We arrived at the ferry port and boarded the Cap Finistere, which was to be our home for the next 25 hours.  Once aboard, we tracked down our compact but comfortable cabin (no window as that was an extra 25 quid !).

Wandering to the rear deck, we waved goodbye to Portsmouth and the UK … ready or not – Spain here we come 🙂

A quick wander around the ship revealed little to keep us occupied – a couple of restaurants and bars. As we were trying to save money, lunch was served in our cabin. It consisted of yesterdays cold cottage pie, a glass of red wine (we bought the bottle with us) and a Mr Kipling’s Bakewell tart.

heading to spainThe seas were pretty rough; venturing to the outer decks we were the only ones there. We have lived around boats for the last 10 years and still felt ourselves affected by the rolling seas and motion of the ship.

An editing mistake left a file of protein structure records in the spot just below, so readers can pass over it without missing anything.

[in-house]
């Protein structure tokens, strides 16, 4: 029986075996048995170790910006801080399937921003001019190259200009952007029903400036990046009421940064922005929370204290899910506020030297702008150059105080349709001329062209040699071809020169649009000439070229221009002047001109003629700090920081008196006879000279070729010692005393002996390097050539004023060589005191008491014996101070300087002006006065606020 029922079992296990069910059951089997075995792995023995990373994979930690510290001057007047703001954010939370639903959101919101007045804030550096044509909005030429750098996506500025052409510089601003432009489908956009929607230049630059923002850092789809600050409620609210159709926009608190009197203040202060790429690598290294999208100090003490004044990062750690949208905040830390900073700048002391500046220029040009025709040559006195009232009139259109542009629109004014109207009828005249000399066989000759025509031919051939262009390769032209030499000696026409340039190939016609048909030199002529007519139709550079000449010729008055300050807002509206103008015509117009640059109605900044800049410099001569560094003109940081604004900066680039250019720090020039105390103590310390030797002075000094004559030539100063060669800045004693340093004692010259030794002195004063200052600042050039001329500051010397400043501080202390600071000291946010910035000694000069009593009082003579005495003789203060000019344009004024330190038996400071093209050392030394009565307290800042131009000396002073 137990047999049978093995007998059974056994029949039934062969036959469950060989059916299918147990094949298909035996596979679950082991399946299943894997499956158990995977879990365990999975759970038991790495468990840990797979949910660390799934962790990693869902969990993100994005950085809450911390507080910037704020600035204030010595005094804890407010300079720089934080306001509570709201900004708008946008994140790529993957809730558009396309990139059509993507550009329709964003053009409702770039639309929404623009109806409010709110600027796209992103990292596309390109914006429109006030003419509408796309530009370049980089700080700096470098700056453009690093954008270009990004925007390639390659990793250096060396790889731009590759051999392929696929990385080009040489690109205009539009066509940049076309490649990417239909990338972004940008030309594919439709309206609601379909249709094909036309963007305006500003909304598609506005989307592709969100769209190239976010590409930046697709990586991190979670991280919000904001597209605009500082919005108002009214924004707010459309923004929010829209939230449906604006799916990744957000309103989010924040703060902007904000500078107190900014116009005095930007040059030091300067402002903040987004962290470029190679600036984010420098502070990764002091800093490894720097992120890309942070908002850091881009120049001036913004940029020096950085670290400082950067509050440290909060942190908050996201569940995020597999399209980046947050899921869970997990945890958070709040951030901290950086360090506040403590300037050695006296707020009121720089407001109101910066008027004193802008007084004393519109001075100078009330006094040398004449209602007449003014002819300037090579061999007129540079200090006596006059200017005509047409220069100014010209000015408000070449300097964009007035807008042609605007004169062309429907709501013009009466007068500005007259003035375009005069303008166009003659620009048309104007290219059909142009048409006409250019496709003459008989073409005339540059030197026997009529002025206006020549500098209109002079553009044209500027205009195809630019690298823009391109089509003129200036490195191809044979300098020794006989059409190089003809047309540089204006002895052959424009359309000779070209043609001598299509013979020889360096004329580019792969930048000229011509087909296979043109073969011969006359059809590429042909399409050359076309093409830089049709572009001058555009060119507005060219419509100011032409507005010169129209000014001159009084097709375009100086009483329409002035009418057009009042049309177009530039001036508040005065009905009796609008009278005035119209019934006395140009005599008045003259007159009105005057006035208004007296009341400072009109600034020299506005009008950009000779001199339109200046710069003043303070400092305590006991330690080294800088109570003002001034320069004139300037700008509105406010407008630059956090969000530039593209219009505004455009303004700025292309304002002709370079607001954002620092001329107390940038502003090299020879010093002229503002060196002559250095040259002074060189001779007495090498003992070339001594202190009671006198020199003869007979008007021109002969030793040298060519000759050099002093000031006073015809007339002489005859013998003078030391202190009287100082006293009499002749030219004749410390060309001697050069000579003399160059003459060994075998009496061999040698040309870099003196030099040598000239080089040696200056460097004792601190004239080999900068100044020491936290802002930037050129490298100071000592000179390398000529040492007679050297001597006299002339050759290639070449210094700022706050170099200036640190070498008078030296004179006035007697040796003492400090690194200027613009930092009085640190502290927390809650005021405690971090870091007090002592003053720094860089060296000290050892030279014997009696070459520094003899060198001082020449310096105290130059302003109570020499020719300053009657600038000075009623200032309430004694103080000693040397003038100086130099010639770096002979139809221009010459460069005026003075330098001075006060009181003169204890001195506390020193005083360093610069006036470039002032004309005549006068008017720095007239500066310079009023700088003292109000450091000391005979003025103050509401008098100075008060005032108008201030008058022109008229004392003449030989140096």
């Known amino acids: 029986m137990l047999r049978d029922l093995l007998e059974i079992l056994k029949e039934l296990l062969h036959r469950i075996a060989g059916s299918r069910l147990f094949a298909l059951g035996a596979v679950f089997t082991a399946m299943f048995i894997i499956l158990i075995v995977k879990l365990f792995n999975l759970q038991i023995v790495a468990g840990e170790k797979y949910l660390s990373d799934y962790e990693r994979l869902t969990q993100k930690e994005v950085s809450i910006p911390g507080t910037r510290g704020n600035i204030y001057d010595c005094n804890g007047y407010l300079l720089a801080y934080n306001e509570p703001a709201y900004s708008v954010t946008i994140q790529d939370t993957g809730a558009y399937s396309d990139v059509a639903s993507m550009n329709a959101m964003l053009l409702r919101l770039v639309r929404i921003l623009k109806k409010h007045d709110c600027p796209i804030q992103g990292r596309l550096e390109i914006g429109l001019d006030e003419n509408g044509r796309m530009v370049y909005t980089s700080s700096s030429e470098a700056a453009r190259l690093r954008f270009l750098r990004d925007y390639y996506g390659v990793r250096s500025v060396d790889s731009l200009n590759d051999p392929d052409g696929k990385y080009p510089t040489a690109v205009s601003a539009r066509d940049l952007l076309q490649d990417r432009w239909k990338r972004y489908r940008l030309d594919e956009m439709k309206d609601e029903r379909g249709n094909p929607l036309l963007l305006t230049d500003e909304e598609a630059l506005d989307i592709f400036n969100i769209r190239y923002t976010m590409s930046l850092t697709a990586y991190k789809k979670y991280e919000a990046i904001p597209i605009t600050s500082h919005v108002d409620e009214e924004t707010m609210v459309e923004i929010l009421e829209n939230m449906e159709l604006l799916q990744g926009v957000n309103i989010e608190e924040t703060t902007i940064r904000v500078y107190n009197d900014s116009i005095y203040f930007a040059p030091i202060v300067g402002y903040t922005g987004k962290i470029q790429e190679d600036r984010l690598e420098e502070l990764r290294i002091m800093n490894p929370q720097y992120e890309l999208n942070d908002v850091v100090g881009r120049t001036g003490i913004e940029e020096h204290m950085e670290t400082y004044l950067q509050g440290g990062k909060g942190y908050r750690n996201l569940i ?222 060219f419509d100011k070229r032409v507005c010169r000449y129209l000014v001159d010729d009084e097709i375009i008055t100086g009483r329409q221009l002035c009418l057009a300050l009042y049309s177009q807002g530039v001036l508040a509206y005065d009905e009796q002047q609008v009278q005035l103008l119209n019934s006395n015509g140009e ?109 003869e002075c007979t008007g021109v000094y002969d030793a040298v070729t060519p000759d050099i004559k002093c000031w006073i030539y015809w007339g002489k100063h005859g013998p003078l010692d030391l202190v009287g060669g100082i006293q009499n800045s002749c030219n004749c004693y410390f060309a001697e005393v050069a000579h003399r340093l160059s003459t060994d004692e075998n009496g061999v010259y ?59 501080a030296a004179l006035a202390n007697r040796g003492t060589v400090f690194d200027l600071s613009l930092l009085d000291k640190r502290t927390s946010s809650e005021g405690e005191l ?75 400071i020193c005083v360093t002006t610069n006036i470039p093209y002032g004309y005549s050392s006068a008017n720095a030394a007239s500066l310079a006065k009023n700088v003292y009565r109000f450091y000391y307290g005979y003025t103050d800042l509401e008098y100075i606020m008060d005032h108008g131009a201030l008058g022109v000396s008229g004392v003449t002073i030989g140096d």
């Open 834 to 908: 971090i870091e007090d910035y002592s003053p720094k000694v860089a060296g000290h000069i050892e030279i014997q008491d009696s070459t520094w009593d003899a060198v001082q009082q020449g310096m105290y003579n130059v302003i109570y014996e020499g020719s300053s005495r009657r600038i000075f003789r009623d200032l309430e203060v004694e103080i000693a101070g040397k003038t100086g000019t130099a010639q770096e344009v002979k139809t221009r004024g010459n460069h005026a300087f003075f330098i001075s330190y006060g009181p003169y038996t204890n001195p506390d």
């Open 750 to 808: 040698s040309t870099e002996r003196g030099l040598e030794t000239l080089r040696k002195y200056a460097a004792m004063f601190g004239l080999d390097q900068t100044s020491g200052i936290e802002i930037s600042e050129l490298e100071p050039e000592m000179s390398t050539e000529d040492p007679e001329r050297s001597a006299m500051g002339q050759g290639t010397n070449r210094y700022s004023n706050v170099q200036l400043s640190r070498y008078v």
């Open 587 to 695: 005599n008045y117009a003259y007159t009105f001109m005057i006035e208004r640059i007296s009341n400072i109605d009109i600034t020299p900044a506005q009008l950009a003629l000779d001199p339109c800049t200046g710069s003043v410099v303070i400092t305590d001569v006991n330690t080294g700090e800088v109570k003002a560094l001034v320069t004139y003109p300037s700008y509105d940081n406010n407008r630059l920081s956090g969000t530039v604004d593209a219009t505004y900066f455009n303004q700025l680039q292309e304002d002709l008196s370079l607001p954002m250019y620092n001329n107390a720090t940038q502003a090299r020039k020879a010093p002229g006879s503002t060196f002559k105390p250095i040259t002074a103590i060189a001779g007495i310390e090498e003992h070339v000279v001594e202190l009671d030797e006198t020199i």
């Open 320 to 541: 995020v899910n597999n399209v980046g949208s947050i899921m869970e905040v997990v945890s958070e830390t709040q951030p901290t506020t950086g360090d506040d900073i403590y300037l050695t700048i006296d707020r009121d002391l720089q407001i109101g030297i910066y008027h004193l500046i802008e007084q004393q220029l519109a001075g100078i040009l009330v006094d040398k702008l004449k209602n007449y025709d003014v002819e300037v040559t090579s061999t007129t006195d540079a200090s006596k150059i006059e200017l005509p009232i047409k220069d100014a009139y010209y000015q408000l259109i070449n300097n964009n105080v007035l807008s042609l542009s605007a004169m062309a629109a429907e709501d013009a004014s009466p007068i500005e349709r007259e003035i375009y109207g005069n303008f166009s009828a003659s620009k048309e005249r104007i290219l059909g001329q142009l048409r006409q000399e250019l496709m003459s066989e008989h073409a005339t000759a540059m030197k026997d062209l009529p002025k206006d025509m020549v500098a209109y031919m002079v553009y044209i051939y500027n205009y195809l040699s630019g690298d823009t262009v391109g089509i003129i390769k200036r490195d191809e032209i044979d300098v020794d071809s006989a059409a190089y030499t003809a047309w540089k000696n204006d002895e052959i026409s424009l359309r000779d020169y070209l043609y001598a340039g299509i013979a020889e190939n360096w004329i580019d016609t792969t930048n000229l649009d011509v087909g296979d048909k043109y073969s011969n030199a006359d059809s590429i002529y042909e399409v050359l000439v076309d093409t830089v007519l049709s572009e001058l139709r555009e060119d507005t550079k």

We passed the day by watching movies on the laptop, reading books and telling each other that next time we would drive all the way 🙂

However, by about 8 PM the swells had dropped and the remainder of the journey was much more pleasant. Sleeping in a cabin with no window was like sleeping in  our cave bedroom – whenever you woke up it was dark and a little disorienting.

The following morning we treated ourselves to a coffee and headed to the lounge along with our remaining food supplies. We passed the time reading as the internet was too poor to be used in any real capacity.

At about Midday, we were roused by a tannoy announcement. Land Ahoy … we were given the 30 minute warning to leave our cabins and return to our cars.  I have to say I felt a little smug watching people scratching their heads as they raced to affix the stickers to alter the direction of their headlights. Pre-planning (being a nerd according to my wife) meant I had done that the morning before we boarded. Smug mode 🙂